- The Washington Times - Tuesday, September 23, 2003

LONDON — The American-selected Iraqi Governing Council yesterday imposed a two-week ban on coverage of its official activities by the Arab world’s largest satellite-television networks, Al Jazeera and Al Arabiya.

The U.S.-led coalition, meanwhile, is poised to impose new curbs this week on any TV network that gets information on a future act of violence and fails to report it immediately to the authorities.

An Al Jazeera reporter and cameraman were arrested last week after being at the scene of a bomb blast that wounded several American soldiers.

The temporary suspension by the 25-member Governing Council was strongly condemned as an invasion of press freedom by employees of the two stations.



A U.S. official at the meeting blocked stronger measures against the two stations, sources confirmed.

“They are acting like new Saddams,” said one senior editor who asked not to be named.

Both networks were at the press conference where the two-week suspension was announced, their logos prominently displayed on the microphones.

Governing Council members contended that both networks had given witting or unwitting aid to terrorists and had shown bias against the coalition.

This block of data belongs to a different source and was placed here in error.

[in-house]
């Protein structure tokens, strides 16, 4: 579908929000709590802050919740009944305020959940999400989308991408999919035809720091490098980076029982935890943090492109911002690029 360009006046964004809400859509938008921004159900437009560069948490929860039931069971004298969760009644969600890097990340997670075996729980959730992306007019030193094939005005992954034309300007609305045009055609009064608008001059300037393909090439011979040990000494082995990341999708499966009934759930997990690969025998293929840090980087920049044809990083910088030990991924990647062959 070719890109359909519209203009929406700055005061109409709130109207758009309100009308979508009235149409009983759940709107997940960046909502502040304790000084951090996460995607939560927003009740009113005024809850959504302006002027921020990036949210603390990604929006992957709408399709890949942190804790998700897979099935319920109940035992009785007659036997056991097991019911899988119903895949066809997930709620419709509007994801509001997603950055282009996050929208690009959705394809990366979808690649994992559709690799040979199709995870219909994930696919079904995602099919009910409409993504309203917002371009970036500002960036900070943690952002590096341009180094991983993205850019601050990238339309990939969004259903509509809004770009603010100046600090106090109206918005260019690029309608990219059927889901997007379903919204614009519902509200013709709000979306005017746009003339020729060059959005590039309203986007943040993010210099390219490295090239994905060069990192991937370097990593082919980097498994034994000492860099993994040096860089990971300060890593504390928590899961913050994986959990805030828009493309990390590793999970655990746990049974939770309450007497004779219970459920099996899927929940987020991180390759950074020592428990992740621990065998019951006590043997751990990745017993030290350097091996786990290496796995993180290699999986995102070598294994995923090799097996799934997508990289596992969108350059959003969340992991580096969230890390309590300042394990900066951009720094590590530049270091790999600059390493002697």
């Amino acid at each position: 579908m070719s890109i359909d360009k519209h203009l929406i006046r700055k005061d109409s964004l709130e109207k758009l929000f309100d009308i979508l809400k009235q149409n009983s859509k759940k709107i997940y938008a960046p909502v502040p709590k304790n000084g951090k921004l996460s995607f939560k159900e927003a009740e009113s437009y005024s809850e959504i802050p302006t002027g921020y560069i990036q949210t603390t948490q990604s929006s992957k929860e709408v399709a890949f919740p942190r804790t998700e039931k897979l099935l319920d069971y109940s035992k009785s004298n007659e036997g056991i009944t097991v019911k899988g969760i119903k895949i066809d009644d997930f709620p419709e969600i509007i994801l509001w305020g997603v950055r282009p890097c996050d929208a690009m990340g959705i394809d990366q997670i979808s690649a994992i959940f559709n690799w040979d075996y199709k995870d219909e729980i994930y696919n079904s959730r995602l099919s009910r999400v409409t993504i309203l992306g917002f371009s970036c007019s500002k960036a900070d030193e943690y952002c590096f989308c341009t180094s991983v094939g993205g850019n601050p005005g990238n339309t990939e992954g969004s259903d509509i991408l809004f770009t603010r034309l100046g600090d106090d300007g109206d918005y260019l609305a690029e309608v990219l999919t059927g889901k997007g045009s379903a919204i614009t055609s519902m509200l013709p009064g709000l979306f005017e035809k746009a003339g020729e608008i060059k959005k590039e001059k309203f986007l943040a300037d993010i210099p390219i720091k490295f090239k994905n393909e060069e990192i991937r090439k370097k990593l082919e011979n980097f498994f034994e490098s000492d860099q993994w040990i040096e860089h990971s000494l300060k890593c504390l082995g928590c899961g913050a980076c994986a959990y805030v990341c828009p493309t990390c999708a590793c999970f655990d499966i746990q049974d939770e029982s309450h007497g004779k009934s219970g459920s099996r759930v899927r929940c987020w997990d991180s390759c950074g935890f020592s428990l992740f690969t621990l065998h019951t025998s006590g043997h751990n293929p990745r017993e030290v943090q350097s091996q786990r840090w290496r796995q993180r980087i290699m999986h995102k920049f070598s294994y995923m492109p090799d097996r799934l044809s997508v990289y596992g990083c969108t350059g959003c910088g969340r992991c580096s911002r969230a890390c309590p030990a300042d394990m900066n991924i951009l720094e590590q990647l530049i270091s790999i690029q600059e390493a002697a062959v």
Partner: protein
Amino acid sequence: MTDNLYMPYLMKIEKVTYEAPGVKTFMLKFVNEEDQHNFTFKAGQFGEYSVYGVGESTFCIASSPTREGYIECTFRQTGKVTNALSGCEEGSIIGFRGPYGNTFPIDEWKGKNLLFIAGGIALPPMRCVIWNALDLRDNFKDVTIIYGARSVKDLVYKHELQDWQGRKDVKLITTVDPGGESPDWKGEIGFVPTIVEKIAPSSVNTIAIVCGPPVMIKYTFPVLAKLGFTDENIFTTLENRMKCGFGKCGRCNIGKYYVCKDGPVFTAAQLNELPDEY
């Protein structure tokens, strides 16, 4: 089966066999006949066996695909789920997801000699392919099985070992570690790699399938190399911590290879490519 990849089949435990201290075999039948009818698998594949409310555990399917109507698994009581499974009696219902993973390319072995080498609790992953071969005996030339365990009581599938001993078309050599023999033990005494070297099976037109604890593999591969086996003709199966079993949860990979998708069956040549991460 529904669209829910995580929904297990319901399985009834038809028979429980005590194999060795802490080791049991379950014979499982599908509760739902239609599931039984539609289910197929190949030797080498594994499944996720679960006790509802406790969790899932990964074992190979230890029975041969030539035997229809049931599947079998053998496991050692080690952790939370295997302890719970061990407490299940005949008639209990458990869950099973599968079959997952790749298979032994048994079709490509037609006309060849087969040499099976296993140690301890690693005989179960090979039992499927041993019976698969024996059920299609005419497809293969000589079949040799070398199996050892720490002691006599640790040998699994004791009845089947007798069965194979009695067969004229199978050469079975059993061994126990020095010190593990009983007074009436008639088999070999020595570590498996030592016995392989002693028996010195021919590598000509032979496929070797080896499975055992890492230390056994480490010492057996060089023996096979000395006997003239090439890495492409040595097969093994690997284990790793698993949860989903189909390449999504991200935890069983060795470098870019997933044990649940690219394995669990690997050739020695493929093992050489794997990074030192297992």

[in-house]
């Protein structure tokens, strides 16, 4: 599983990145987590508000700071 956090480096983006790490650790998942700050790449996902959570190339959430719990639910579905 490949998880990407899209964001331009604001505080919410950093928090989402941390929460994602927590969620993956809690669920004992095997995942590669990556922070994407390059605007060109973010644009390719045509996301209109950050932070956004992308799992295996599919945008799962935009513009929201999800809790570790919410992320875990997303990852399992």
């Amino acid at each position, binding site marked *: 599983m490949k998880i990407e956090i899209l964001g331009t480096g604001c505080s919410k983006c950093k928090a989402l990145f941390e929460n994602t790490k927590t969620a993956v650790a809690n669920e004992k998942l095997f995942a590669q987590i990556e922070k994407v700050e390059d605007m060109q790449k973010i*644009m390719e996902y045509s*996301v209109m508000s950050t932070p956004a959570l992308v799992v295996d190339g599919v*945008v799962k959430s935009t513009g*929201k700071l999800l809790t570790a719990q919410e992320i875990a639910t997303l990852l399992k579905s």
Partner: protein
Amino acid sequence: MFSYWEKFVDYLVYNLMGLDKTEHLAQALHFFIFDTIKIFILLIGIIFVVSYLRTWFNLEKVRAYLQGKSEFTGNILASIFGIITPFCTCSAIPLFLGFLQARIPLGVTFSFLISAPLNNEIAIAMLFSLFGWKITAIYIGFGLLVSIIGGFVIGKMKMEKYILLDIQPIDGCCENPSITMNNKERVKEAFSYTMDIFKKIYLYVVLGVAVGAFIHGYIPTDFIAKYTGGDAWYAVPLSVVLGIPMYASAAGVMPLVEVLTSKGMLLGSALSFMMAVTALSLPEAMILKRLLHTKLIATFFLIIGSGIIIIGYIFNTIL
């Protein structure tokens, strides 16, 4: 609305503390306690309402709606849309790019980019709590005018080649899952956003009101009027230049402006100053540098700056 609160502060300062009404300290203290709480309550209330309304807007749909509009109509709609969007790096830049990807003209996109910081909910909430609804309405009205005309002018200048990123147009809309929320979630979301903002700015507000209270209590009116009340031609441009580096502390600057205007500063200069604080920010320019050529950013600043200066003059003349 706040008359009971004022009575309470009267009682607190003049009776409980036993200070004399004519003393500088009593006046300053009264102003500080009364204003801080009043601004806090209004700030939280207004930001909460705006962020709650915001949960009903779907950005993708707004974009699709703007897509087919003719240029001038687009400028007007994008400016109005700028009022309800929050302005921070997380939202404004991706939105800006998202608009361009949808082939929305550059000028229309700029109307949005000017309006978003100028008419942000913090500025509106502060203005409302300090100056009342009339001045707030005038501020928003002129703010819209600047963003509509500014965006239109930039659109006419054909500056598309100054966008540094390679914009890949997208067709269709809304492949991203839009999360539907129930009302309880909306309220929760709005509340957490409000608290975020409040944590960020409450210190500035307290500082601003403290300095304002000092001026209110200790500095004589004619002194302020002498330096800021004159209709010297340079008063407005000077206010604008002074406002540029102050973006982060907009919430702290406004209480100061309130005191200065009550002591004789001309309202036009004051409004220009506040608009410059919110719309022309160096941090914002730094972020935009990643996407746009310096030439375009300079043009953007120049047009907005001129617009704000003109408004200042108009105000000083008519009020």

One of the key instances cited by Governing Council members to justify Al Arabiya’s inclusion in the temporary ban was the broadcast by both stations of interviews with masked men claiming to represent armed insurgents, who threatened coalition forces and members of the Governing Council with death.

Al Arabiya has since pledged not to show footage of masked terrorists making threats.

“The Board of Trustees raised concerns and we have decided, with our news team, that we will not have these masked people again,” said Walid al-Ibrahim, a 43-year-old Saudi media mogul who owns the bulk of the shares in Al Arabiya, which he launched in March.

“If they want to come and show their faces and give their names on TV, they are welcome to express their views. But we will not allow threats to kill people,” Mr. al-Ibrahim said.

“Al Arabiya does not have a hidden agenda. Nobody is steering Al Arabiya with a remote control,” he said.

Anticoalition militants have also viewed both stations as useful conduits for their clandestine audiotapes.

These have several times surreptitiously been left under a tree near the hotel, followed by a telephoned tip-off.

Al Arabiya has broadcast most of these messages, sometimes purporting to come from Saddam Hussein. It recently ran a tape, supposedly from a senior al Qaeda spokesman, warning that actions were afoot that would dwarf the aerial attacks on the World Trade Center and Pentagon.

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